As COVID-19 persists, governments must decide whether, when, where, and how to hold elections.
In the run-up to Wisconsin’s spring election, the governor, state legislature, and state and federal courts engaged in a back-and-forth confrontation about how and when voters would cast ballots. When Wisconsin held its election on Tuesday, April 7, voters turned out despite reduced numbers of polling places, long lines, public health orders to stay home, and fear over the risk of infection.
By holding an election, Wisconsin distinguished itself from other states that have postponed their elections in recent weeks. Elections in the United States reflect global trends; since the beginning of March, at least 47 countries and territories have postponed elections, while 14 countries and territories have proceeded with previously scheduled elections.
The COVID-19 threat to U.S. elections caps off a decade filled with changes to the practice of voting. During this time, the U.S. Supreme Court issued three major rulings governing elections:
- In Citizens United v. Federal Election Commission, the Court held that corporations and outside groups could spend virtually unlimited funds in elections.
- In Shelby County v. Holder, the Court struck down key provisions of the Voting Rights Act.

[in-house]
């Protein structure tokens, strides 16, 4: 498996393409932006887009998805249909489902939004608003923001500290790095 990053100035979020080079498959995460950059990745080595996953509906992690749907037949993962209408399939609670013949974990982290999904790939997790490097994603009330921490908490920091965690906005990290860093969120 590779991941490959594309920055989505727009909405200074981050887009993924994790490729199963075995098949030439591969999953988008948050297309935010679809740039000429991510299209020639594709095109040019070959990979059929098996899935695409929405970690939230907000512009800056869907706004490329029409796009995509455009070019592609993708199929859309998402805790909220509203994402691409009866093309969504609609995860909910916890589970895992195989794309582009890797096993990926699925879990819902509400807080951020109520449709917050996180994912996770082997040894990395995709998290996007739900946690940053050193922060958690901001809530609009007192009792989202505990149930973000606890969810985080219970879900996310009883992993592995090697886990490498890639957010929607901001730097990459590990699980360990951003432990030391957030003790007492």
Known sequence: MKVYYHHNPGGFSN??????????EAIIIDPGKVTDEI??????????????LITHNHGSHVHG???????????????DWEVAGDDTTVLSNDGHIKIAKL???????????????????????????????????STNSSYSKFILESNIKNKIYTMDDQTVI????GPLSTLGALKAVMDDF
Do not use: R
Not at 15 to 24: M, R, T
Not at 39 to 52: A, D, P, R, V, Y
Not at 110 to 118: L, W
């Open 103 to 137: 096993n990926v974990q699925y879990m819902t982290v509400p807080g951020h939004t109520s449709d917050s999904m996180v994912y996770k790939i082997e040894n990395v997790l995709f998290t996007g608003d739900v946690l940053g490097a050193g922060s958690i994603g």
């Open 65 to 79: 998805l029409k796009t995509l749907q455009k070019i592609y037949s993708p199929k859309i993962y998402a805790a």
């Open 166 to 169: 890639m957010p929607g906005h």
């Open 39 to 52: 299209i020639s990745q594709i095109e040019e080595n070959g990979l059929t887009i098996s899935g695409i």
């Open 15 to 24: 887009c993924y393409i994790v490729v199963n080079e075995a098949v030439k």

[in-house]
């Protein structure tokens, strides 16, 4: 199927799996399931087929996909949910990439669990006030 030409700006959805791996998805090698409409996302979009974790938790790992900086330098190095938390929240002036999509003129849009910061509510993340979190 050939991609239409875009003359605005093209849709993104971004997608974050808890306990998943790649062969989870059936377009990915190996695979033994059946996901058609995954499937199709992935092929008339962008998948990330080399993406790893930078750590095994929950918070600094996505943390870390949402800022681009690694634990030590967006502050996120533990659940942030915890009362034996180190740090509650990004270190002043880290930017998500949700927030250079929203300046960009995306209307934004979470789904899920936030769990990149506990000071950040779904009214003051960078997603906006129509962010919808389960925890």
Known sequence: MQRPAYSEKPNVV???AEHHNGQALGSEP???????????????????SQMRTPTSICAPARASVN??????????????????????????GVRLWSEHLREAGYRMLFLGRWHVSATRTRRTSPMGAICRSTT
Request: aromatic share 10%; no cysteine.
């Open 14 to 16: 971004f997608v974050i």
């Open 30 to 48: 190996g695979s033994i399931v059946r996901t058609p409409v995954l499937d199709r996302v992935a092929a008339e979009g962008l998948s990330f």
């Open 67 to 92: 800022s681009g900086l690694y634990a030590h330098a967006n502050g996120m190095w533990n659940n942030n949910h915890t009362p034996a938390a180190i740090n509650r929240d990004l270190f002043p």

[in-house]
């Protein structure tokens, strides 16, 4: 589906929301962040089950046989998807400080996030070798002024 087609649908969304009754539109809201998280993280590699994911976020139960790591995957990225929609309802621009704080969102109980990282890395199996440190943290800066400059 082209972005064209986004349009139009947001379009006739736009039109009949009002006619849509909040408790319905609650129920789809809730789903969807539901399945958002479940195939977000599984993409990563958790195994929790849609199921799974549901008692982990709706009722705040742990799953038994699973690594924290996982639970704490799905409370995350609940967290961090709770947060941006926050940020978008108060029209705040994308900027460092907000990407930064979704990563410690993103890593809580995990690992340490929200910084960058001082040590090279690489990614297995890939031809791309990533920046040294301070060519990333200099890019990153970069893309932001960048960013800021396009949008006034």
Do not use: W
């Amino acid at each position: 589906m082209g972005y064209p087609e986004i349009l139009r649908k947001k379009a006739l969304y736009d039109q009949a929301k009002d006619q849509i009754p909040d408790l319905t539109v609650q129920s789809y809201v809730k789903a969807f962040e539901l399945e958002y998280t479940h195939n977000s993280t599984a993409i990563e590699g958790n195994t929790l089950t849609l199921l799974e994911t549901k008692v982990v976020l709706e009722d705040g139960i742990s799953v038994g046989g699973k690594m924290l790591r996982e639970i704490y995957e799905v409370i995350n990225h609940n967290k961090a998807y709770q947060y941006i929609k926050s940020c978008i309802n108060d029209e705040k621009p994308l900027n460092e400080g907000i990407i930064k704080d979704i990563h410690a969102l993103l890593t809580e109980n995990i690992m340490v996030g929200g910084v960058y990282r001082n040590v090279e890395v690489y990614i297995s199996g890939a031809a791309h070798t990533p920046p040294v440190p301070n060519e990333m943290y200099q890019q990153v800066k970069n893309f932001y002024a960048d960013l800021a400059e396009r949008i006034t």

- Most recently, in Rucho v. Common Cause, after dozens of challenges to the 2010 legislative and congressional redistricting, the Court declared partisan gerrymandering a “political question” that could no longer be reviewed in federal court.
Over the last decade, some state legislatures have changed how they manage voter eligibility and access to the polls. Since 2010, 25 states have passed new voting restrictions, including laws that require voters to present ID at the polls, cabin how voters become and stay registered to vote, and limit absentee and early voting. Between 2014 and 2016, states removed nearly 16 million people from the voter registration rolls, increasing the purge rate by 33 percent, as compared to removals between 2006 and 2008. In addition, Russian interference in the 2016 election and continued efforts to disrupt the 2020 election have, for some members of the public, cast doubt on the legitimacy and security of American elections.